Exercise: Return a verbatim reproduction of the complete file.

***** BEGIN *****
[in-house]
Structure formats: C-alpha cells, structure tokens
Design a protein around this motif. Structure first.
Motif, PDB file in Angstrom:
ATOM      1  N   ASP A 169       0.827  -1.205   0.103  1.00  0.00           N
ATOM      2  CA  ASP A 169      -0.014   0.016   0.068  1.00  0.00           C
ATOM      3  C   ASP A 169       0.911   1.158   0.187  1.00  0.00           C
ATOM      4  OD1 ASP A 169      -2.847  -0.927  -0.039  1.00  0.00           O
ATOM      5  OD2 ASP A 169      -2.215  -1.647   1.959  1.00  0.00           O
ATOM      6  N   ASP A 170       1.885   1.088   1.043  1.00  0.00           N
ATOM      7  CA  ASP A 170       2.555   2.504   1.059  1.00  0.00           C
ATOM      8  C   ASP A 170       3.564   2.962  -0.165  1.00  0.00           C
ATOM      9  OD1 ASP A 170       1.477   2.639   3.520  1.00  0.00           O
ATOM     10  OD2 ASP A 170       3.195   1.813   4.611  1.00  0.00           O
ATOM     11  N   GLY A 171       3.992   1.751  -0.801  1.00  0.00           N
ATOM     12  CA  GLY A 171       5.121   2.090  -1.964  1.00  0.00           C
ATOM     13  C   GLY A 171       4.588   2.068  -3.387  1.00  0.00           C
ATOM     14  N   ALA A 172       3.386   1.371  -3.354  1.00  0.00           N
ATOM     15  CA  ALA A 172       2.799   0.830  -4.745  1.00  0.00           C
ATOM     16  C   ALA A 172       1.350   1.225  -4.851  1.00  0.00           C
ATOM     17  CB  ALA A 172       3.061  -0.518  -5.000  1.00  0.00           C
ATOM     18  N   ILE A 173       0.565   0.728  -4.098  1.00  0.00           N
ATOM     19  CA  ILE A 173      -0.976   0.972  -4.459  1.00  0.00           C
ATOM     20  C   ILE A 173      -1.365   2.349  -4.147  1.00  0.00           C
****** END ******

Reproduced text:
[in-house]
Structure formats: C-alpha cells, structure tokens
Design a protein around this motif. Structure first.
Motif, PDB file in Angstrom:
ATOM      1  N   ASP A 169       0.827  -1.205   0.103  1.00  0.00           N
ATOM      2  CA  ASP A 169      -0.014   0.016   0.068  1.00  0.00           C
ATOM      3  C   ASP A 169       0.911   1.158   0.187  1.00  0.00           C
ATOM      4  OD1 ASP A 169      -2.847  -0.927  -0.039  1.00  0.00           O
ATOM      5  OD2 ASP A 169      -2.215  -1.647   1.959  1.00  0.00           O
ATOM      6  N   ASP A 170       1.885   1.088   1.043  1.00  0.00           N
ATOM      7  CA  ASP A 170       2.555   2.504   1.059  1.00  0.00           C
ATOM      8  C   ASP A 170       3.564   2.962  -0.165  1.00  0.00           C
ATOM      9  OD1 ASP A 170       1.477   2.639   3.520  1.00  0.00           O
ATOM     10  OD2 ASP A 170       3.195   1.813   4.611  1.00  0.00           O
ATOM     11  N   GLY A 171       3.992   1.751  -0.801  1.00  0.00           N
ATOM     12  CA  GLY A 171       5.121   2.090  -1.964  1.00  0.00           C
ATOM     13  C   GLY A 171       4.588   2.068  -3.387  1.00  0.00           C
ATOM     14  N   ALA A 172       3.386   1.371  -3.354  1.00  0.00           N
ATOM     15  CA  ALA A 172       2.799   0.830  -4.745  1.00  0.00           C
ATOM     16  C   ALA A 172       1.350   1.225  -4.851  1.00  0.00           C
ATOM     17  CB  ALA A 172       3.061  -0.518  -5.000  1.00  0.00           C
ATOM     18  N   ILE A 173       0.565   0.728  -4.098  1.00  0.00           N
ATOM     19  CA  ILE A 173      -0.976   0.972  -4.459  1.00  0.00           C
ATOM     20  C   ILE A 173      -1.365   2.349  -4.147  1.00  0.00           C